Two years later, on February 3, 1981, disciplinary proceedings were commenced by the State Bar on the complaint of members of the bar and the public concerning letters received. [39 Cal. 3d 617]
II. State Bar Proceedings
The disciplinary proceedings began with a notice to show cause which charged petitioners with willful violations of Rules 2-101 and 7-103. Five violations were alleged: (1) unlawful solicitation of business in violation of Rule 2-101(B); fn. 6 (2) communication with parties represented by counsel on the subject of that representation in violation of Rule 7-103; fn. 7 (3) use of untrue statements in violation of Rule 2-101(A)(1), use of statements, or arrangement of statements in a manner or format, which was false, deceptive, or tended to confuse, deceive or mislead the public in violation of Rule 2-101(A)(2), omission of necessary facts in violation of Rule 2-101(A)(3), and transmittal of communications in an objectionable manner in violation of Rule 2-101(A)(6). fn. 8 The two remaining counts ¶ interference with the administration of justice and misrepresentations to judicial officers ¶ were dismissed by the State Bar examiners for lack of evidence.
At the proceeding before the Hearing Panel of the State Bar, the parties entered into a stipulation regarding the details of the letter program and the complaints received by the State Bar. Petitioner Slate was the only witness who actually testified. His deposition was also admitted into evidence.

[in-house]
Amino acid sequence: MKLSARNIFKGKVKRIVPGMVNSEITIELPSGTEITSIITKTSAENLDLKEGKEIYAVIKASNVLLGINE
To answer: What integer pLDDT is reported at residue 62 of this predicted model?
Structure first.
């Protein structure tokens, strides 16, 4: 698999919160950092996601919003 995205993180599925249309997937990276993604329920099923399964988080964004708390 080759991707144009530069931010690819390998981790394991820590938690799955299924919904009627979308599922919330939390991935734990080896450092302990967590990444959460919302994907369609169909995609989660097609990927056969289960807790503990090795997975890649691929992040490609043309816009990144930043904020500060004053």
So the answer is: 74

Slate explained that internal filing numbers (and not the official court number) were printed on the letters so that the Slate & Leoni attorneys could [39 Cal. 3d 618] retrieve information about the case from their own files if a recipient called or came into the office. He also explained that the word "bankruptcy" was not used in the enclosures because he felt it was misleading. The public, Slate explained, usually thinks of a "straight" chapter 7 bankruptcy. Additionally, he noted that the word "bankruptcy" is not used in the new 1979 Bankruptcy Code. He further stated that he omitted the term because he did not want people to think the firm was pushing them into a bankruptcy when, in actuality, that is the last remedy the firm recommends. Finally, because the letters were sent at a time when few lawyers were familiar with the new Bankruptcy Code, Slate explained that one purpose of the letters was to inform the recipients' attorneys about chapter 13 proceedings. The citation to 11 United States Code section 1322 was included in the letters to assist the recipients' lawyers rather than the recipients.